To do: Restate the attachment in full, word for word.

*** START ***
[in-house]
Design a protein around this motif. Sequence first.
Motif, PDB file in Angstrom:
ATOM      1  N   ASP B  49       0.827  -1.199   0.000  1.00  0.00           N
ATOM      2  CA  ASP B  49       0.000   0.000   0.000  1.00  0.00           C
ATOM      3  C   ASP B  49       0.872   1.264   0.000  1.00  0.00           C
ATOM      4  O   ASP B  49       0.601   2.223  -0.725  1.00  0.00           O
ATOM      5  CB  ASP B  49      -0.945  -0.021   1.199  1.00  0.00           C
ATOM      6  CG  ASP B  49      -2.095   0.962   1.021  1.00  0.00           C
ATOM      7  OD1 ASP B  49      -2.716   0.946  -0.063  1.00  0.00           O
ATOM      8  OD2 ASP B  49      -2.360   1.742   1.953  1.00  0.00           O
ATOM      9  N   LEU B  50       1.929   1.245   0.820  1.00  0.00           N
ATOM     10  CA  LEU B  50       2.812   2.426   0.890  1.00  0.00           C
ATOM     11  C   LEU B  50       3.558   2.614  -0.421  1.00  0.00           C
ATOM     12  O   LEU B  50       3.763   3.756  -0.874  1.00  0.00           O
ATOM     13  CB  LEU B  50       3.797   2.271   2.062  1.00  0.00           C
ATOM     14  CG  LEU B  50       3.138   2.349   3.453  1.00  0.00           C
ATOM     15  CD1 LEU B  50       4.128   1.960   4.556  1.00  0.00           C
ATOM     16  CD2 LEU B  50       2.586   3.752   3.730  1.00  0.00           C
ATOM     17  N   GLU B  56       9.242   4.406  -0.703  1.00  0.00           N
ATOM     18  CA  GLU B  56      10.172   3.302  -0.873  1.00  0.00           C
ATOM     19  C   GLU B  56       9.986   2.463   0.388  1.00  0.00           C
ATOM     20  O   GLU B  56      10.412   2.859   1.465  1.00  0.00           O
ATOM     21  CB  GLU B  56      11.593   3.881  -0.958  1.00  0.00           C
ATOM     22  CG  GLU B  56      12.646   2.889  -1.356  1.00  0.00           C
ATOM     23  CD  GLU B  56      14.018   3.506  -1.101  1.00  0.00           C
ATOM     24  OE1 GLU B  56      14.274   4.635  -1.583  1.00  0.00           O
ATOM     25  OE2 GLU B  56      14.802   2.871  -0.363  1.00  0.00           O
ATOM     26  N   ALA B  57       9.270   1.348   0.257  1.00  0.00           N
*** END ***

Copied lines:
[in-house]
Design a protein around this motif. Sequence first.
Motif, PDB file in Angstrom:
ATOM      1  N   ASP B  49       0.827  -1.199   0.000  1.00  0.00           N
ATOM      2  CA  ASP B  49       0.000   0.000   0.000  1.00  0.00           C
ATOM      3  C   ASP B  49       0.872   1.264   0.000  1.00  0.00           C
ATOM      4  O   ASP B  49       0.601   2.223  -0.725  1.00  0.00           O
ATOM      5  CB  ASP B  49      -0.945  -0.021   1.199  1.00  0.00           C
ATOM      6  CG  ASP B  49      -2.095   0.962   1.021  1.00  0.00           C
ATOM      7  OD1 ASP B  49      -2.716   0.946  -0.063  1.00  0.00           O
ATOM      8  OD2 ASP B  49      -2.360   1.742   1.953  1.00  0.00           O
ATOM      9  N   LEU B  50       1.929   1.245   0.820  1.00  0.00           N
ATOM     10  CA  LEU B  50       2.812   2.426   0.890  1.00  0.00           C
ATOM     11  C   LEU B  50       3.558   2.614  -0.421  1.00  0.00           C
ATOM     12  O   LEU B  50       3.763   3.756  -0.874  1.00  0.00           O
ATOM     13  CB  LEU B  50       3.797   2.271   2.062  1.00  0.00           C
ATOM     14  CG  LEU B  50       3.138   2.349   3.453  1.00  0.00           C
ATOM     15  CD1 LEU B  50       4.128   1.960   4.556  1.00  0.00           C
ATOM     16  CD2 LEU B  50       2.586   3.752   3.730  1.00  0.00           C
ATOM     17  N   GLU B  56       9.242   4.406  -0.703  1.00  0.00           N
ATOM     18  CA  GLU B  56      10.172   3.302  -0.873  1.00  0.00           C
ATOM     19  C   GLU B  56       9.986   2.463   0.388  1.00  0.00           C
ATOM     20  O   GLU B  56      10.412   2.859   1.465  1.00  0.00           O
ATOM     21  CB  GLU B  56      11.593   3.881  -0.958  1.00  0.00           C
ATOM     22  CG  GLU B  56      12.646   2.889  -1.356  1.00  0.00           C
ATOM     23  CD  GLU B  56      14.018   3.506  -1.101  1.00  0.00           C
ATOM     24  OE1 GLU B  56      14.274   4.635  -1.583  1.00  0.00           O
ATOM     25  OE2 GLU B  56      14.802   2.871  -0.363  1.00  0.00           O
ATOM     26  N   ALA B  57       9.270   1.348   0.257  1.00  0.00           N